June 25, 2020
An ever-increasing number of employers are streamlining their employee communications systems by providing employee access to the internet and email. Absent a company internet policy, however, the risks inherent in the informal nature of the internet and email can outweigh the benefits of these technologies. Studies show that employee misuse and abuse of the internet and email are on the rise, while electronic monitoring by employers raises concerns about employee privacy rights.
The only way for employers to gain and keep control of their electronic communications is through the development of a clear internet policy and the monitoring of employee internet activities. Distribute your internet policy to all workers and have them sign an acknowledgment that they have read, understood, and agree to abide by the policy. Employees should also be warned that violations of the policy will result in discipline, up to and including termination.
An internet policy that will shield employers against liability and loss should address the following:
Acceptable Use. You may want to restrict employee internet use to work-related purposes or perhaps allow employees limited use for personal email. What is essential is to provide a clear statement of acceptable online use. Otherwise, you may find that your company’s productivity is “caught in the net.”
Limited Privacy Expectations. State that all messages sent or retrieved over the internet are company property and can be monitored. Also state that the company keeps copies of work-related account passwords and that a password does not ensure the confidentiality of employee communications. California courts have held that employees have no expectation of privacy regarding their computers once they are given advance notice of the employer’s computer policy and consent to it. For example, in Holmes v. Petrovich Development Co., LLC (2011) 191 Cal.App.4th 1047, an employee had emailed an employment attorney about issues she was having at work, from a company computer. She later sued her employer for wrongful termination and sexual harassment, and her employer introduced those emails into evidence. She objected, claiming the employer violated her attorney-client privilege and invaded her privacy by doing so, but the court disagreed, stating she used the company’s computer to communicate with her lawyer knowing the communications violated company computer policy and could be discovered by her employer due to company monitoring of email usage. The court went on to note that “the e-mails sent via company computer under the circumstances of this case were akin to consulting her lawyer in her employer’s conference room, in a loud voice, with the door open, so that any reasonable person would expect that their discussion of her complaints about her employer would be overheard by him.”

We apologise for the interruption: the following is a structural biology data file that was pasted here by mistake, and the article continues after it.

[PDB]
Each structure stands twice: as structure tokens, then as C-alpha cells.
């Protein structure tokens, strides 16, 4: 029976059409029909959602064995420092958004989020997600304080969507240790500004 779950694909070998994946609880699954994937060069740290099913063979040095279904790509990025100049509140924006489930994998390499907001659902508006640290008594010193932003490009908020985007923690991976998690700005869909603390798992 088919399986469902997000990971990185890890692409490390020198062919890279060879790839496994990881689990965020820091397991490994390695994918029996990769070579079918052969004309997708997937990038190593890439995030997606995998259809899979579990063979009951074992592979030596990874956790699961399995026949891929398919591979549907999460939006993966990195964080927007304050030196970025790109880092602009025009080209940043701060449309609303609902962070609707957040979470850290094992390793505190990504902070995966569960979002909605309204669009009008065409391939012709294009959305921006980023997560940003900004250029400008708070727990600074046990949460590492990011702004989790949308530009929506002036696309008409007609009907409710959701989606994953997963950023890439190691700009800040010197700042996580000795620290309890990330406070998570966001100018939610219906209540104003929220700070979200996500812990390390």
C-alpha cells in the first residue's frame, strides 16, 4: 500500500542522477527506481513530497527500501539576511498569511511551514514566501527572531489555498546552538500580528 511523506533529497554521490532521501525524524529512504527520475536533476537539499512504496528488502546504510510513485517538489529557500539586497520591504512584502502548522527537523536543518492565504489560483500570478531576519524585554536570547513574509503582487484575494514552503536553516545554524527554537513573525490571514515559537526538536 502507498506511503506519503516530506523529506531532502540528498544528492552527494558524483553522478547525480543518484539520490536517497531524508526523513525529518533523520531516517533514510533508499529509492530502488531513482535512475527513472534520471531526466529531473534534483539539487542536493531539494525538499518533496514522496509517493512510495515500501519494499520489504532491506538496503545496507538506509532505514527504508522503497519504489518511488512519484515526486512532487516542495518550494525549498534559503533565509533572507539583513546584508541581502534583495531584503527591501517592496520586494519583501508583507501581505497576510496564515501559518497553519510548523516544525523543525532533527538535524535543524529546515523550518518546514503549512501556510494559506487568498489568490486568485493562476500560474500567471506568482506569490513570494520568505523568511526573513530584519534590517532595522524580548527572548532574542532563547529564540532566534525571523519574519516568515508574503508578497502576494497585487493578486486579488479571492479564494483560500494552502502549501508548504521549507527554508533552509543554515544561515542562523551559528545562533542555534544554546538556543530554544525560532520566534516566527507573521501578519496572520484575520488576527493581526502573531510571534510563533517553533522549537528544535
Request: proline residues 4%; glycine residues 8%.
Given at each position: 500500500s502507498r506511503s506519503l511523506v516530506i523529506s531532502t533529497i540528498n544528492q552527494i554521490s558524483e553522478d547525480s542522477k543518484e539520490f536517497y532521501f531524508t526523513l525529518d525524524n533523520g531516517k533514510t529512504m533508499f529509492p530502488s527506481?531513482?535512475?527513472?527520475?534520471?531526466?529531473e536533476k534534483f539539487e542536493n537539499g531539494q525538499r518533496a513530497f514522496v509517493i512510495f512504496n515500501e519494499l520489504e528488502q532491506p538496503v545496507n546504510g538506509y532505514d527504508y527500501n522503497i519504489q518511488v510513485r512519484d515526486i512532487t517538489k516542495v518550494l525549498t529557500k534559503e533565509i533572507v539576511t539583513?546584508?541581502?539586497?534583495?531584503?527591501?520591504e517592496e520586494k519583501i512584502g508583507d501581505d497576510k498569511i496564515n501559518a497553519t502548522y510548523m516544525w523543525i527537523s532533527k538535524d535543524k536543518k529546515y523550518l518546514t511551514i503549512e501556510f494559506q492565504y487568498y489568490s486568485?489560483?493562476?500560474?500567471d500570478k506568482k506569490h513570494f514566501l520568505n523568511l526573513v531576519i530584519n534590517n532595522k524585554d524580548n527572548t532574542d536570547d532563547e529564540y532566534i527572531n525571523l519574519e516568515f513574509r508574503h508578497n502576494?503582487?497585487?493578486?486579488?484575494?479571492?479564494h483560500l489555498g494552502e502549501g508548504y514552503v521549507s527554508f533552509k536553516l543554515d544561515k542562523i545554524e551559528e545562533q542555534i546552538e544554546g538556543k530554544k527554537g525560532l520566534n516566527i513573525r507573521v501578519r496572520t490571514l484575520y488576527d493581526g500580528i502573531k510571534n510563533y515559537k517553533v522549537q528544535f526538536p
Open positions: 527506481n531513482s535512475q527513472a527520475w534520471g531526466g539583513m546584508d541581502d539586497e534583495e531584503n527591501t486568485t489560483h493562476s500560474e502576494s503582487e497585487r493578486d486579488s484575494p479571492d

Discrimination and Harassment. Include a provision that downloading or transmission of offensive, obscene, or harassing messages or pictures is against company policy. Employers can be sued for sexual harassment and discrimination if an employee shows pornographic or otherwise offensive internet images to co-workers. One survey found that 56 percent of U.S. employees with internet access have received racist, sexist, or religiously inappropriate email.
Confidential Information. Provide a clear statement of company trade secret and proprietary information policy. Employees should also be warned that confidential company information can be inadvertently disclosed over the internet. One survey showed that 10 percent of employees have received email containing confidential business information.
Copyright Violations. Inform employees that copying software or other material off the internet can violate copyright laws unless authorized by the vendor or author.
Discovery. Remind employees that email is discoverable and does not disappear when employees delete it. Due to its informal nature, email often contains damaging admissions that can be used against the company in litigation.
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This article is based on the law as of the date posted at the top of the article. This article does not constitute the provision of legal advice, and does not by itself create an attorney-client relationship with Eskridge Law.